"Get to know you" scene for side characters


#1

I want to know players’ opinions on this:

There are four side characters you’re going to be interacting with in my story. I’m barely halfway through the first chapter and playtesters already say it feels like it’s dragging on. I propose moving a lot of my exposition about these characters into an optional scene, where the player can ask them a bunch of preset questions. This is a lot like the optional backstory dumps some other games do (Tin Star lets you have the long version, or just skip it, in the intro, for example)

Instead of this:
Meet new character
Backstory
Backstory
Backstory
More backstory.

I propose this:
Meet new character
U want backstory?
#sure
#nah

What is everyone’s opinion on this?


#2

I think it’s good as long as nothing essential to the story is in it.


#3

Definitely make the backstory skippable, so second-time readers can avoid it.


#4

Have you played Zombies Exodus? I’d suggest analysing how the characters are introduced there. I don’t recall any large background dumps regarding any of the characters but instead bits and pieces woven through the game as relevant.

You learn about Mindy, for instance, while you’re off on a mission with her and the two of you are just talking naturally. But you also learn as much about her not from asking direct questions but from that working alongside her. The two of you being thrust into a dangerous situation does far more to solidify the relationship than any just standing about and talking would.

A mission to go to the pharmacy to get some vital medication reveals aspects of other characters you wouldn’t have otherwise known.

Devlin’s a closed book for most of the game, where he doesn’t really talk to you about his past and you’ve just to guess. There’s a lot of reading between the lines that can be done but it’s to the latter half of the game, when you’ve had a chance to build up a relationship with him, that he’ll eventually talk to you about things. And by that point players are actually wanting to know what he has to say and it comes across naturally. It’s not an annoying infodump that needs to be skipped, or non-interactive backstory. You’re invested in the character.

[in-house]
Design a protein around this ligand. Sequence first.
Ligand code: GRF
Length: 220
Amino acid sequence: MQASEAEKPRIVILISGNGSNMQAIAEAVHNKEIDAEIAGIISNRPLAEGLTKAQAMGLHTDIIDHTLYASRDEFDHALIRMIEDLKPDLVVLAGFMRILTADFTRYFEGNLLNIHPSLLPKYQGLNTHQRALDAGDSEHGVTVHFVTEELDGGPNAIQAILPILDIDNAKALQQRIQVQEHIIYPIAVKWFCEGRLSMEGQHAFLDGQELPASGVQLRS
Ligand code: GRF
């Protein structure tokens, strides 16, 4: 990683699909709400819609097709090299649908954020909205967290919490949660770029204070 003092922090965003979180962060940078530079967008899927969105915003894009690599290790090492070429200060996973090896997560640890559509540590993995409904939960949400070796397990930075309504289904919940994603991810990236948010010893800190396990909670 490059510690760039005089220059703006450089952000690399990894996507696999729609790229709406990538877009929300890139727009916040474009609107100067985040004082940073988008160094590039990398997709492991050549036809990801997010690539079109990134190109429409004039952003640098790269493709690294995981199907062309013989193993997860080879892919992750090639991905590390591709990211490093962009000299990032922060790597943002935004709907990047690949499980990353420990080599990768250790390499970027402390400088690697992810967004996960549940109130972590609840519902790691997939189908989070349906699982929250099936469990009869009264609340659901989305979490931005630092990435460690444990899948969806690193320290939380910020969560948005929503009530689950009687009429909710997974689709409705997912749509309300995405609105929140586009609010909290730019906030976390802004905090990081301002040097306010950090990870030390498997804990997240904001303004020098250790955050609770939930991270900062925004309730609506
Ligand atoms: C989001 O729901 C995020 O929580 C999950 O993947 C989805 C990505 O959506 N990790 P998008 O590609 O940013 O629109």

So I’d say

Meet new character!
Do exciting thing with new character!


#5

Bluntly, I have zero interest in lengthy backstory passages at the start of the game. It’s boring, it’s information overload (you’re never going to remember half of it) and it kills the narrative, for the reasons the others have said. I mean, it’s not like that’s how you meet people in real life, is it? Good stories introduce their characters slowly, letting the details of their lives come out through your interactions with them.

That’s it in a nutshelll.


#6

The only time a ‘conversation about you’ should happen is if the plot is legitimately in downtime. Off the top of my head, Mecha Ace kind of did this. After some of the major missions, you could go walk around and choose who to talk to. In that situation, it makes sense to give the player that option, and is a good place to detail things that can’t really come up during action (family history, religion, fave color, stuff like that). But like everyone else has said, anything that you CAN work into active scenes, you SHOULD.

And as an aside, I think it can be valuable to NOT explain everything about a character, at least not ASAP. Half the fun of talking to people in games is trying to figure out who a character really is or how to make them happy/piss them off, and if you’re given a list of their likes and dislikes right at the start of the game, all of that fun is gone. For example: Devlin from Zombie Exodus is well creepy when you meet him first, especially if you are a woman, but if you put in the effort to, you can easily learn that that is not the case. That’s fun! Same with Heather or Mindy or Emma or whoever else. Having some mystery about a character makes them more real. After all, do you really know everything there is to know about YOUR friends?